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Mindfulness

The sound of anachronism

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When I open my mouth.

My whole heart comes out.

I don’t even care what the world thinks about how I sound

Christina Aguilera, Sing For Me

water

Anachronism (noun): an error in chronology; a person or thing that’s chronologically out of place

I put my hand under the faucet, letting cold water touch my skin, skin warmed up by my boiling mind. I am here. The really cold water reminds me of this simple fact that we often forget. I close my eyes a bit, to enjoy the sensation.

Closing my eyes brings back memories from other times when I was not in the here and now. When my chaotic life consisted of more tomorrows and yesterdays than life today. That was the time when my colors were grey, my mood black and my road consisted of an invisible color. I made no sound then, only some lamenting noises that I`d rather mute.

We come to this world from a watery place that feels safe like a warm, cozy house. There we are all alike, we know nothing more except what our fluid surroundings tell us. When we finally come out to our version of reality, we have to find our place in it.  Some of us, never quite do. At one point we`d rather be at a mountain top, smoking plants with ancient monks, at another rather lie burrowed in the earth we supposedly come from. We swim upstream and downstream, seldom relaxing to just float. Bubbles burst, and shattered pieces remind us of who we once were.

Last year I got the chance to travel to dream-destinations of mine. China. It was my chance to be in my tomorrows, walk on my mountain-tops and my chance to just be. comP9c165416270d54f35ead568db79bdc96From early on, I feel in love with simple life-views portrayed in movies like Spring, Summer, Fall, Winter and.. Spring and books like “Eat pray, love”. The first steps to some of these philosophical views were mapped out by Asians, so the wish to walk at the same earth as they did,  grew until the turning compass-needle in my heart pointed directly at Asia. What would I see in my own personal mirror?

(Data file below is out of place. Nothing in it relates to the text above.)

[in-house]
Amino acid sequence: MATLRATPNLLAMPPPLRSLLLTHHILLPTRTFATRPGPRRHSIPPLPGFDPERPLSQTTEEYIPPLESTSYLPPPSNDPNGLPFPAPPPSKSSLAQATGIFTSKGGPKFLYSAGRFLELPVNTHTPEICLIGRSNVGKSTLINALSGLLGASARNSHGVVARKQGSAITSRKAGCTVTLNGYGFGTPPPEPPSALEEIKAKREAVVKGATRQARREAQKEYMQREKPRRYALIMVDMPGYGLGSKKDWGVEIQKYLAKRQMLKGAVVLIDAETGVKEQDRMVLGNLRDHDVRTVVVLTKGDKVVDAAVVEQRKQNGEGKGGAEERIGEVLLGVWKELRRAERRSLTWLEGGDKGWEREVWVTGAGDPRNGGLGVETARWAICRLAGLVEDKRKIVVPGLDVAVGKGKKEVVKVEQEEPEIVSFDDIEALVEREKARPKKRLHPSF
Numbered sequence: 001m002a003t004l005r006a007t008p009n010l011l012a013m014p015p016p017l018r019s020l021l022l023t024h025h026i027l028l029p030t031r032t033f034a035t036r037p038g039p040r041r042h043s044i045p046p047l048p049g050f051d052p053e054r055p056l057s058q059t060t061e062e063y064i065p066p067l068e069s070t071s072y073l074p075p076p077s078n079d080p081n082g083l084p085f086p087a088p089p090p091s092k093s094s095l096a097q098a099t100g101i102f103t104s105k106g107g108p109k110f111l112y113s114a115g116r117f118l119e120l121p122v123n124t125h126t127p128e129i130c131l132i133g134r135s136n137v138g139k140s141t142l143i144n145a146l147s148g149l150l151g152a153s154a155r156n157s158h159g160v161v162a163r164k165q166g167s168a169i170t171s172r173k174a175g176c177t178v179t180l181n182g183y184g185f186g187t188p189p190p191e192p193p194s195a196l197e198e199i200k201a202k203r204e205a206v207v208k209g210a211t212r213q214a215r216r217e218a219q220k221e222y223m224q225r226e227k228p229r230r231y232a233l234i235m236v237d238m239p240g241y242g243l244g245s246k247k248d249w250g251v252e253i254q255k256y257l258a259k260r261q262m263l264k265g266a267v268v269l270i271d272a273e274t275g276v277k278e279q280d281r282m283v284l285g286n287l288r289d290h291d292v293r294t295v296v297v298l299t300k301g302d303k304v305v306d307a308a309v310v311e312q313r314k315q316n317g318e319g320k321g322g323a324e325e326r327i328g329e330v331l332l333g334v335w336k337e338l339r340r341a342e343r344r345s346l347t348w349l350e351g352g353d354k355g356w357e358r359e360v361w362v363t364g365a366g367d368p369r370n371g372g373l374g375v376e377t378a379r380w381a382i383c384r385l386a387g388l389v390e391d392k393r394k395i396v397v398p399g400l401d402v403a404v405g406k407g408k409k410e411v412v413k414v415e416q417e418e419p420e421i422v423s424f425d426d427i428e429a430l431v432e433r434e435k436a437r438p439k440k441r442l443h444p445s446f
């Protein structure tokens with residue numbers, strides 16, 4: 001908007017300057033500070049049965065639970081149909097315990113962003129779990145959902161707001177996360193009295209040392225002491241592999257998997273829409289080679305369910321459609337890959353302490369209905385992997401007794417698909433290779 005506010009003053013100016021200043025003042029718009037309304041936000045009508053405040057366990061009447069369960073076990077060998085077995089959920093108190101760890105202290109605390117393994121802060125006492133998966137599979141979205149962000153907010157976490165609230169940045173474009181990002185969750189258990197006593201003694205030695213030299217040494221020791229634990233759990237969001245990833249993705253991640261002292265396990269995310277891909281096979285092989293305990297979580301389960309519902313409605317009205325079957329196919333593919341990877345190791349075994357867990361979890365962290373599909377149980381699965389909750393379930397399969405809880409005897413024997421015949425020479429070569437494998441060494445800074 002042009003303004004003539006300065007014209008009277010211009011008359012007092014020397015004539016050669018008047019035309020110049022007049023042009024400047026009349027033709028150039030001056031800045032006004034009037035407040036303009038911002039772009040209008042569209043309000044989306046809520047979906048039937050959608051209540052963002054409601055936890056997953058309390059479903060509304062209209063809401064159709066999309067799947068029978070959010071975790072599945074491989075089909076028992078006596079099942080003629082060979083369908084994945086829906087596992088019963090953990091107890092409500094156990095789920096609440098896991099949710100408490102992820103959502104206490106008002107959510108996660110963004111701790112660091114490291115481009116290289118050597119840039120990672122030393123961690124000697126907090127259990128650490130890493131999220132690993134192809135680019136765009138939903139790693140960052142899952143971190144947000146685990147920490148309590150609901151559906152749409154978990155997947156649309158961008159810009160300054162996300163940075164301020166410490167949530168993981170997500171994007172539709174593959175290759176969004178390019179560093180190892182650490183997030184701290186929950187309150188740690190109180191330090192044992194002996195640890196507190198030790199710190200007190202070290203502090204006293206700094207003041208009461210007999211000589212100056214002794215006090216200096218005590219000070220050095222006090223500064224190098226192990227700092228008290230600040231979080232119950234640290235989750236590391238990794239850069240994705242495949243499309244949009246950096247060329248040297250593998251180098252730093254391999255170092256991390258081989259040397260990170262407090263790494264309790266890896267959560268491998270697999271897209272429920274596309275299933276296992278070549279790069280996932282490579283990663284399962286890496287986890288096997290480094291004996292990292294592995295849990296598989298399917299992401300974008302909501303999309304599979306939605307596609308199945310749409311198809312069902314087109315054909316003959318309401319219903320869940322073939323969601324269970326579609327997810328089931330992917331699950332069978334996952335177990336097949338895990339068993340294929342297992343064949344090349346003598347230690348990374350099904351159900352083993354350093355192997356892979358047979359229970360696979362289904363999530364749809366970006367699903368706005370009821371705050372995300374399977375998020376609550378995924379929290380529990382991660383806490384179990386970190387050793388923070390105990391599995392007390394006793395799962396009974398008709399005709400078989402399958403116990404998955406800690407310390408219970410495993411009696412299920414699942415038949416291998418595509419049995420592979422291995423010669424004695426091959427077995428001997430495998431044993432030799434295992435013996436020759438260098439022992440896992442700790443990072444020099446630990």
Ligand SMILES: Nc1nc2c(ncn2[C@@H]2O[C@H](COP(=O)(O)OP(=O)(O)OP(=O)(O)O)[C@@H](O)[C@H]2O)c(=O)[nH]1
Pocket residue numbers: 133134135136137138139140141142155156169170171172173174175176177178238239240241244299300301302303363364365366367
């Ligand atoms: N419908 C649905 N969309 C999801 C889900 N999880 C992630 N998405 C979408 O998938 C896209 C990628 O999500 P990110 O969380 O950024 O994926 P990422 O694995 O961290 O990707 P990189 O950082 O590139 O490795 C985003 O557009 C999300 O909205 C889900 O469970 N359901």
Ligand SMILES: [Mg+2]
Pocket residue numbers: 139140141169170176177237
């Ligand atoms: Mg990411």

One of the many places I got the chance to touch with my Norwegian shoes, was Hong Kong. There I enjoyed an extraordinary experience where I sure felt out of place constantly, silently enjoying it.

When you eat, do you taste every bit like it would be your last? When I was a child, I remember how I enjoyed a German chocolate after coming back to Norway. I saved it as long as I could, prolonging the joyful taste and thereby squeezing more happiness from it. I did this since I knew it would be long until next time a piece of  Yogurette could melt on my tongue. The more grown-up and richer one gets, the less one savors what enters our senses. For this reason, “Dialogue in the dark” was just what my under-stimulated nerve-cells needed. Before I attended this unorthodox tourist-experience, I just knew that it was created by blind people, and that we would learn something from it. My inner owl hooted in satisfaction, even when someone put a blindfold over me over me and 9 other unknown people’s eyes. It was pitch dark, but the next hour were filled with so much color that it felt like I finally could see again.

sympho
the sound of anachronism

I heard a classical piece of music that whirred up strong emotions, I touched objects that made my senses boomerang in wonder. I heard sounds never noticed before, and my body was drenched in water that almost crept under my skin. The excitement I felt was doubled by the mere presence of the strangers around me who had their own surprised exclaims and sounds. Although I`ll never meet those people again, their voices and laughter has left an imprint on my soul.

The exquisite meal we had at the end, felt like it must have done for the 12 disciples. With no sight and no disturbing white noise, I could fully appreciate what I tasted and how lucky I was to be there.

I sure felt the truth of this after we had touched, tasted, felt and walked in the dark, but shining, room in Hong Kong. In the loud silence of our journey through the dark, I could focus completely on how the food tasted and felt. I also had time to appreciate the fact that I sat there, completely free from inhibitions and restrictions, enjoying food some children never get to taste. I am one of the one percent of the population with this chance,

Even if this can be categorized under the most disorganized experiences of my life, I have never felt so clear about anything before.

Where have you arrived, and what is the sound of your symphony in the dark?

 Daily Prompt 

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The speed of life

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Time shifts. I take another sip from a crystal glass, the red liquid slithering down my throat. The glass sits on the table, resting. It can do nothing else than be. It has nothing it to do, it just stays put.